Essentially, the entire plot is the male characters are competing to be the one to deflower Mandy, something their female friends are complicit in, while they hate both themselves and each other, and then a killer enters the fray.  One of the female characters worries she isn't pretty when she is and so calls her friend fat, which she isn't.  The latter mocks the other for "having a forest down there", which leads to a scene later on where she duly corrects this with a pair of scissors.  Not that it's just the girls: one of the boys is mocked for having a "small package" and is so angered he flounces out, which in turn leads to the demise of his girlfriend when she rushes off to apologise, although only after she goes down on him and he fails to reciprocate.  The usual point of having unpleasant characters in a slasher is so you enjoy it when they meet an inventive end, and so still care about them despite disliking them; Mandy Lane doesn't even achieve that.

Note that I'm not naming any of the characters, as they're so poorly defined in the film other than Mandy and her very slightly geeky friend Emmet that they're just sketches not worth even dignifying with handles.  There's no tension, no scares, and there's not even any potential interest for the most ardent of gorehounds, as the violence itself is pathetic and the tiny amount of splatter on display is laughable.  The implication once you learn the identity of the killer is that there's something Columbine-esque going on, but it simply isn't developed or fleshed out in any way, which is a great shame.  There's massive potential for a horror film which does explore why and how children can be motivated to kill their classmates, something that Battle Royale and the Hunger Games have skirted around, just not approached head on.  There is one moment when Mandy tenderly ensures that one of the girls is OK and looks longingly at her, and you think for a moment that something radical is going to happen and it'll turn out the real reason Mandy's come on this weekend away is in fact she's in love with this girl, which would turn everything on its head.  Sure, it'd still be the male fantasy of two pulchritudinous young women getting along famously, but that's better than the film only existing because Amber Heard is staggeringly beautiful and she's pleasant to look at.  Naturally, it comes to nothing.

When the real twist does come, as every horror film now simply has to have one, you see it approaching from a mile off.  It of course doesn't make any sense whatsoever despite the fact you saw it coming, as it doesn't need to.  Suffice to say, it makes the twist in Haute Tension which many people have an understandable problem with seem perfectly reasonable.  There are two things you can praise, in that Amber Heard puts in a subtle performance as Mandy, and despite only costing $750,000 to make, the film does look quite good.  Other than that, it's stultifying, and I was bored within half an hour.  Not even wondering about how the film implies all "popular" young people are shagging each other senseless, snorting Ritalin and constantly smoking weed could relieve the air of crushing dullness that pervades it.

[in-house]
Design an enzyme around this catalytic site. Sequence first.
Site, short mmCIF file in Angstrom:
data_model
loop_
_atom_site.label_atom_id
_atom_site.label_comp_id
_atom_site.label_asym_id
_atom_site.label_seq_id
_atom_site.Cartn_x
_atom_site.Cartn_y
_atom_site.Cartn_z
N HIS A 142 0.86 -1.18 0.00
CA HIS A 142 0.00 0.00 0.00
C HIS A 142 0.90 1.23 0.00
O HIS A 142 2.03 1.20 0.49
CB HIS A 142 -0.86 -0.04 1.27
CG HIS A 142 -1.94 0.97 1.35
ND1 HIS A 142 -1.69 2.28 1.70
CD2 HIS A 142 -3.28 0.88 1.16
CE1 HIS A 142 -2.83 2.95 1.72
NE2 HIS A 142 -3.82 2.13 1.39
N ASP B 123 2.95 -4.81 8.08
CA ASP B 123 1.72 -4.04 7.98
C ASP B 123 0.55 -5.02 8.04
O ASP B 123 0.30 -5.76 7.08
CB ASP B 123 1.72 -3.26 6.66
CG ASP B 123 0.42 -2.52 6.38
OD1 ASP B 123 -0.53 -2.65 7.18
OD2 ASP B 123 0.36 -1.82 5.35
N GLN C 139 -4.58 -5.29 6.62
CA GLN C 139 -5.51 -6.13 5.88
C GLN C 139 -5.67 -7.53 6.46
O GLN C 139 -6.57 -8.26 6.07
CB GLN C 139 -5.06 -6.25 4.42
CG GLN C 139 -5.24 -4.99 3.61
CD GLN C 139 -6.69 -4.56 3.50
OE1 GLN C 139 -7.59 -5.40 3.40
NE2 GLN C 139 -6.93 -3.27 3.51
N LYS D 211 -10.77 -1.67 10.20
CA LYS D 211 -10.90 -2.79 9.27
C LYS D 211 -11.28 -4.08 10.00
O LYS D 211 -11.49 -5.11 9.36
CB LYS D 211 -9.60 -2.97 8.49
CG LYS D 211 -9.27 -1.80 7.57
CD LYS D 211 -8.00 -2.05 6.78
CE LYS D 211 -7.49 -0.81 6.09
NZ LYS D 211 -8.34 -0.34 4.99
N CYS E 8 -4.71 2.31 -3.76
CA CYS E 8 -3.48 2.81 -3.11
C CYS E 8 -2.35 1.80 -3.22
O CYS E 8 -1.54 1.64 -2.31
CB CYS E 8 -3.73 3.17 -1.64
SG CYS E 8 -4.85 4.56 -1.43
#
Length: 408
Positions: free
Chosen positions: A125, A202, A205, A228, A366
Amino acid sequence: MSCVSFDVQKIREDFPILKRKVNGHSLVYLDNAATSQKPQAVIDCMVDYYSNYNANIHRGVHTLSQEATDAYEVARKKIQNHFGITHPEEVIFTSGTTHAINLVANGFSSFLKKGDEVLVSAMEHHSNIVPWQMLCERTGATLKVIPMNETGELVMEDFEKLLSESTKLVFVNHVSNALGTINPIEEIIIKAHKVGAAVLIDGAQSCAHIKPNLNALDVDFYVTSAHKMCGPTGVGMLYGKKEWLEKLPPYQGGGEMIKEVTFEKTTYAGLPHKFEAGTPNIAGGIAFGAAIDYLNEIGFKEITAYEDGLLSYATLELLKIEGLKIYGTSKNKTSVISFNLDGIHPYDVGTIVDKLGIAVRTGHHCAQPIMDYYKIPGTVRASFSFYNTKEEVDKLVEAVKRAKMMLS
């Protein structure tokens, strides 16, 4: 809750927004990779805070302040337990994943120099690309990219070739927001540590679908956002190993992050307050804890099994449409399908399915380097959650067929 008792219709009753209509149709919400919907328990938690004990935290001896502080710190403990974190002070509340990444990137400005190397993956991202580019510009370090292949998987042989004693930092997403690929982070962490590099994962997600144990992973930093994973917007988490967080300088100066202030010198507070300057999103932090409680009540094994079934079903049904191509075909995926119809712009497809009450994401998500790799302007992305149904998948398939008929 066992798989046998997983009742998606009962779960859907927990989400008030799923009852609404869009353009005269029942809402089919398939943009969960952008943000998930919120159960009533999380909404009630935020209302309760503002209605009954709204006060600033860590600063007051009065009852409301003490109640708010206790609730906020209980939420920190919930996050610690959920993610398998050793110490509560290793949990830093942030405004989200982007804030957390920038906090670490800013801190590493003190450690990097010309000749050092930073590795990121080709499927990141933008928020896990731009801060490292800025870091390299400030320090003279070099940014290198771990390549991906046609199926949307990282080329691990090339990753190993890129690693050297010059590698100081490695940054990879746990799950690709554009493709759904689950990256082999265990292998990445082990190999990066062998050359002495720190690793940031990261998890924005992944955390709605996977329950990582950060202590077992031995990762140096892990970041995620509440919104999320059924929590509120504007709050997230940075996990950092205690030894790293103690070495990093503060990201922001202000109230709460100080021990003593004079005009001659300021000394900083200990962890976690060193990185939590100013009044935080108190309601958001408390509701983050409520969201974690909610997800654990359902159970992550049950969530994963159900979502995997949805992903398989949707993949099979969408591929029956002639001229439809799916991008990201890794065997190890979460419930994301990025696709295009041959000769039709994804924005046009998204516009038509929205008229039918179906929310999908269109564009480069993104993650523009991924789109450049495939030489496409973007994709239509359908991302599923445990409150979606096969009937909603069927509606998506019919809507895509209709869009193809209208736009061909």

The point is that while Mandy Lane and its contemporaries have been awful, it can't be said that they're popular.  It's possible that Saw could in time become a cult, if only because the later films aren't so much narratives as gore set-pieces slotted together, and if the plotless Guinea Pig series of movies can become so well known then almost anything can happen.  The likely course is that the remakes will be forgotten or disregarded while the originals will live on.  If only that was the case elsewhere.

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Monday, July 02, 2012 

Film review: Killer Joe.

(Possible spoilers etc etc.)

If there's one thing that films don't have enough of these days, it's opening scenes that feature a quite magnificent lady garden. Well, OK, off the top of my head the only other movie I can recall having a shot of full-on bush, as it were, right at the very beginning is Russ Meyer's stupendous Up!, which has Kitten Natividad stark naked at the top of a tree, but the point stands. It's therefore unsurprising to find that the MPAA, ever the prudes when it comes to sex but notoriously forgiving of the most brutal violence have decreed that William Friedkin's latest can only be shown in the US with a NC-17 rating (the equivalent of our 18), historically the commercial kiss of death, limiting the number of cinemas willing to show it.

It's a shame as, if the trailers before Killer Joe are anything to go by, those of us on both sides of the Atlantic are otherwise in for the usual summer diet of crap, dog shit and regurgitated pellets. Refreshing as it is to see my local World of Cine showing something that hasn't been focus grouped to death, you still die a little inside knowing that there's a fourth Ice Age film on the horizon, or that Seth MacFarlane, not content with beating the already derivative Family Guy into the ground, is making his big screen directorial début with a film starring a man child and his CGI teddy bear. Yes, for those suitably inclined there is Chris Nolan's third and final Batman film fast approaching, but forgive me if I fail to get excited about yet another comic book superhero movie. When Spiderman gets a "reboot" barely a decade after Sam Raimi's first effort, something is deeply wrong either with our attention spans or Hollywood itself. I'm going for the latter.